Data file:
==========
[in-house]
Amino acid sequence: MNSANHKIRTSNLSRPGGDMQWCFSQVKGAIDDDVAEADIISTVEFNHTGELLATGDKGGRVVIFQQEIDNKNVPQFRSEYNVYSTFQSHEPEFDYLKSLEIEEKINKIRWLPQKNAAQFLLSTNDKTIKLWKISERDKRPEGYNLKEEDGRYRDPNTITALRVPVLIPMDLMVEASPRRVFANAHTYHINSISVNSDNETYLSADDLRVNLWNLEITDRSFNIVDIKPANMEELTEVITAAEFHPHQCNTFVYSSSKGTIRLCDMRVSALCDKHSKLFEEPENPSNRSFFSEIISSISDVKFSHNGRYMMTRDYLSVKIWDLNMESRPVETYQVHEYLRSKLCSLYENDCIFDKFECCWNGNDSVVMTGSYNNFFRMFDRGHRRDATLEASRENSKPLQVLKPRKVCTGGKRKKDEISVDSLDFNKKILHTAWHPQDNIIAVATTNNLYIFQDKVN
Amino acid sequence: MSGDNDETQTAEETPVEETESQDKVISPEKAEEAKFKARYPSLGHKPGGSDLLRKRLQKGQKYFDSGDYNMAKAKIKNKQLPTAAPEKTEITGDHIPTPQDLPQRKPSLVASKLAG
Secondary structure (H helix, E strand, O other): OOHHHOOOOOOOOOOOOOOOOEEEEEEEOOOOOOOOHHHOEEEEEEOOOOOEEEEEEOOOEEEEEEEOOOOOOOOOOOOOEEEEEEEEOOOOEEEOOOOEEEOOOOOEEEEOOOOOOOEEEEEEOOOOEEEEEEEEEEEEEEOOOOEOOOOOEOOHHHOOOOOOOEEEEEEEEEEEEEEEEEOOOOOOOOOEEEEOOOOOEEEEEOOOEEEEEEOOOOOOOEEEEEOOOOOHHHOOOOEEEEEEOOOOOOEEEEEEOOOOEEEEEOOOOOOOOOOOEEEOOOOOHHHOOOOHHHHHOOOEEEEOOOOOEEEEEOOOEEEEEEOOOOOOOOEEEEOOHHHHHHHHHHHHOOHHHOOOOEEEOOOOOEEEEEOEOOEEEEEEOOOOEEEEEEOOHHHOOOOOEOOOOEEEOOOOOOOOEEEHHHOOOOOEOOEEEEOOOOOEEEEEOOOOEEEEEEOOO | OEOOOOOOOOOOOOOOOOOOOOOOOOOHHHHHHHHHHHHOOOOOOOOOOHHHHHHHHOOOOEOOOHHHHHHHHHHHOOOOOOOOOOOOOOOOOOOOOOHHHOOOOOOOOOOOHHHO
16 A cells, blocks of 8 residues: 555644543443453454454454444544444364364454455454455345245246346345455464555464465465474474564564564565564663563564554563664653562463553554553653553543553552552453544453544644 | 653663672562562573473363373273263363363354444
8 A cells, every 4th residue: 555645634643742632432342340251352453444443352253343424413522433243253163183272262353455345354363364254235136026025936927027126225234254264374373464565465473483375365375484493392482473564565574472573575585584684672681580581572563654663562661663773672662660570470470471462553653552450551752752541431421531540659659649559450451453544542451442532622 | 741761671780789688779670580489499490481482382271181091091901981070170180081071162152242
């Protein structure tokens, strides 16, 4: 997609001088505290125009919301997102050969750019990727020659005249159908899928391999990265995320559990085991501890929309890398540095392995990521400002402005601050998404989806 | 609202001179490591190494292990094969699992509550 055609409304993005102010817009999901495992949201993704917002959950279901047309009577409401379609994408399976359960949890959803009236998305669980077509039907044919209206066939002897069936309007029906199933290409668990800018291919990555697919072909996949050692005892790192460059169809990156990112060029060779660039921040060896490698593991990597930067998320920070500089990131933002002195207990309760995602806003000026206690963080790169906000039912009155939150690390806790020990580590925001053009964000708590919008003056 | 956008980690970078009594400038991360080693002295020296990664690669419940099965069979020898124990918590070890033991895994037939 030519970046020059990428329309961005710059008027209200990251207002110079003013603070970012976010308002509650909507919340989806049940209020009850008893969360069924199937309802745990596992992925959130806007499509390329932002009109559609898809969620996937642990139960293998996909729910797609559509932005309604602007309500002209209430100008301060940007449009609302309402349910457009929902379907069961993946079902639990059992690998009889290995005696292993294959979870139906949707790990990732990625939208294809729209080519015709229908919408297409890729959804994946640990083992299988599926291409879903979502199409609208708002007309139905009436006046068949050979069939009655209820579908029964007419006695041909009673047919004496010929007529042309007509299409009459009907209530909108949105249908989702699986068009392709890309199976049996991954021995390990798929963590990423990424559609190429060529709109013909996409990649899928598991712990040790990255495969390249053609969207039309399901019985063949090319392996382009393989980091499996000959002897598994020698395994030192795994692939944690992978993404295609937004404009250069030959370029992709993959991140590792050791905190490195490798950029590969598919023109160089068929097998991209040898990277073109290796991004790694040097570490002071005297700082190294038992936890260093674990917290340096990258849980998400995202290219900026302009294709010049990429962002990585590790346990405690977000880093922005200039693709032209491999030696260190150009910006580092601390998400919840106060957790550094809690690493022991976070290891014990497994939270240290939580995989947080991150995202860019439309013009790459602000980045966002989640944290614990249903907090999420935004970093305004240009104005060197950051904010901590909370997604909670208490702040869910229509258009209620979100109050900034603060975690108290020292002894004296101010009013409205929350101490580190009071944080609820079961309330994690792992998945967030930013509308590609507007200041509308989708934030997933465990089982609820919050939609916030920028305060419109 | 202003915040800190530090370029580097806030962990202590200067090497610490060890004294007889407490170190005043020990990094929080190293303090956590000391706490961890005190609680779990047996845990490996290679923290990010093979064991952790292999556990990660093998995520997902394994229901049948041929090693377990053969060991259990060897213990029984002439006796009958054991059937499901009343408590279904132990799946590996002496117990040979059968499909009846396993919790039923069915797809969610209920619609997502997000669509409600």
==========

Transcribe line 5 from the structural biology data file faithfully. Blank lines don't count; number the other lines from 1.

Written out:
16 A cells, blocks of 8 residues: 555644543443453454454454444544444364364454455454455345245246346345455464555464465465474474564564564565564663563564554563664653562463553554553653553543553552552453544453544644 | 653663672562562573473363373273263363363354444